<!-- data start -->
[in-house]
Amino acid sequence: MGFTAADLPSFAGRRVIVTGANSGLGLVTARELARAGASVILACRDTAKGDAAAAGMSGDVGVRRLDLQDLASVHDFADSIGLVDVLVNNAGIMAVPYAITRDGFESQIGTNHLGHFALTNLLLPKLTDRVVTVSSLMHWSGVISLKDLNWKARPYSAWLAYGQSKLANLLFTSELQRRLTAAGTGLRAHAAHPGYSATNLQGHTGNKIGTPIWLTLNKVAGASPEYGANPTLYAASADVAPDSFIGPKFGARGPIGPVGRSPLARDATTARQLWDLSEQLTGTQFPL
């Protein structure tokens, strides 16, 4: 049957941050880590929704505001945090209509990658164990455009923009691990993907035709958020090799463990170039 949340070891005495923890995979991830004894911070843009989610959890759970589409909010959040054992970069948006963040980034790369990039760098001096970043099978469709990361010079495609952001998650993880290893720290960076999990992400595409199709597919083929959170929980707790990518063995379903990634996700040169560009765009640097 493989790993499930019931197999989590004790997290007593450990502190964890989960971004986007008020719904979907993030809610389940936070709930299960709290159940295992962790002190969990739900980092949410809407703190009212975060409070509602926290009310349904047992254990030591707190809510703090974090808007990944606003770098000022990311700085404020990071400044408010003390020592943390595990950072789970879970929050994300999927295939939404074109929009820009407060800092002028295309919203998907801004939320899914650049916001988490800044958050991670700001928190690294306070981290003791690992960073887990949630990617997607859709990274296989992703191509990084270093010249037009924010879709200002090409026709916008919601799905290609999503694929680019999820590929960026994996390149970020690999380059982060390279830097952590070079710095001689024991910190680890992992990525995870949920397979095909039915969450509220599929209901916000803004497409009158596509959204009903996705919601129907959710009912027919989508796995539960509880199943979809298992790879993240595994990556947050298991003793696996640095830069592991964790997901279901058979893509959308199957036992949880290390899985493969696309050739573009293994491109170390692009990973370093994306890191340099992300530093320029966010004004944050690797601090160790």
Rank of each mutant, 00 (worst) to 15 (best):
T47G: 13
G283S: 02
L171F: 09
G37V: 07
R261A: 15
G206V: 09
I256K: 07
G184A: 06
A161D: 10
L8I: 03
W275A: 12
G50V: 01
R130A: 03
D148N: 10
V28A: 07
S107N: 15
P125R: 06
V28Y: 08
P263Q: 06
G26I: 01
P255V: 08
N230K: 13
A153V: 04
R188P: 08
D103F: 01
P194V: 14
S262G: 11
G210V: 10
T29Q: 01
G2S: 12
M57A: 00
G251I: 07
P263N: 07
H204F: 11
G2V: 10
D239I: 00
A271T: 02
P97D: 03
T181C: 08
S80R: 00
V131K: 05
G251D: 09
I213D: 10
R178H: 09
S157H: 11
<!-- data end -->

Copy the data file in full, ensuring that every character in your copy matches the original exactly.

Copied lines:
[in-house]
Amino acid sequence: MGFTAADLPSFAGRRVIVTGANSGLGLVTARELARAGASVILACRDTAKGDAAAAGMSGDVGVRRLDLQDLASVHDFADSIGLVDVLVNNAGIMAVPYAITRDGFESQIGTNHLGHFALTNLLLPKLTDRVVTVSSLMHWSGVISLKDLNWKARPYSAWLAYGQSKLANLLFTSELQRRLTAAGTGLRAHAAHPGYSATNLQGHTGNKIGTPIWLTLNKVAGASPEYGANPTLYAASADVAPDSFIGPKFGARGPIGPVGRSPLARDATTARQLWDLSEQLTGTQFPL
């Protein structure tokens, strides 16, 4: 049957941050880590929704505001945090209509990658164990455009923009691990993907035709958020090799463990170039 949340070891005495923890995979991830004894911070843009989610959890759970589409909010959040054992970069948006963040980034790369990039760098001096970043099978469709990361010079495609952001998650993880290893720290960076999990992400595409199709597919083929959170929980707790990518063995379903990634996700040169560009765009640097 493989790993499930019931197999989590004790997290007593450990502190964890989960971004986007008020719904979907993030809610389940936070709930299960709290159940295992962790002190969990739900980092949410809407703190009212975060409070509602926290009310349904047992254990030591707190809510703090974090808007990944606003770098000022990311700085404020990071400044408010003390020592943390595990950072789970879970929050994300999927295939939404074109929009820009407060800092002028295309919203998907801004939320899914650049916001988490800044958050991670700001928190690294306070981290003791690992960073887990949630990617997607859709990274296989992703191509990084270093010249037009924010879709200002090409026709916008919601799905290609999503694929680019999820590929960026994996390149970020690999380059982060390279830097952590070079710095001689024991910190680890992992990525995870949920397979095909039915969450509220599929209901916000803004497409009158596509959204009903996705919601129907959710009912027919989508796995539960509880199943979809298992790879993240595994990556947050298991003793696996640095830069592991964790997901279901058979893509959308199957036992949880290390899985493969696309050739573009293994491109170390692009990973370093994306890191340099992300530093320029966010004004944050690797601090160790």
Rank of each mutant, 00 (worst) to 15 (best):
T47G: 13
G283S: 02
L171F: 09
G37V: 07
R261A: 15
G206V: 09
I256K: 07
G184A: 06
A161D: 10
L8I: 03
W275A: 12
G50V: 01
R130A: 03
D148N: 10
V28A: 07
S107N: 15
P125R: 06
V28Y: 08
P263Q: 06
G26I: 01
P255V: 08
N230K: 13
A153V: 04
R188P: 08
D103F: 01
P194V: 14
S262G: 11
G210V: 10
T29Q: 01
G2S: 12
M57A: 00
G251I: 07
P263N: 07
H204F: 11
G2V: 10
D239I: 00
A271T: 02
P97D: 03
T181C: 08
S80R: 00
V131K: 05
G251D: 09
I213D: 10
R178H: 09
S157H: 11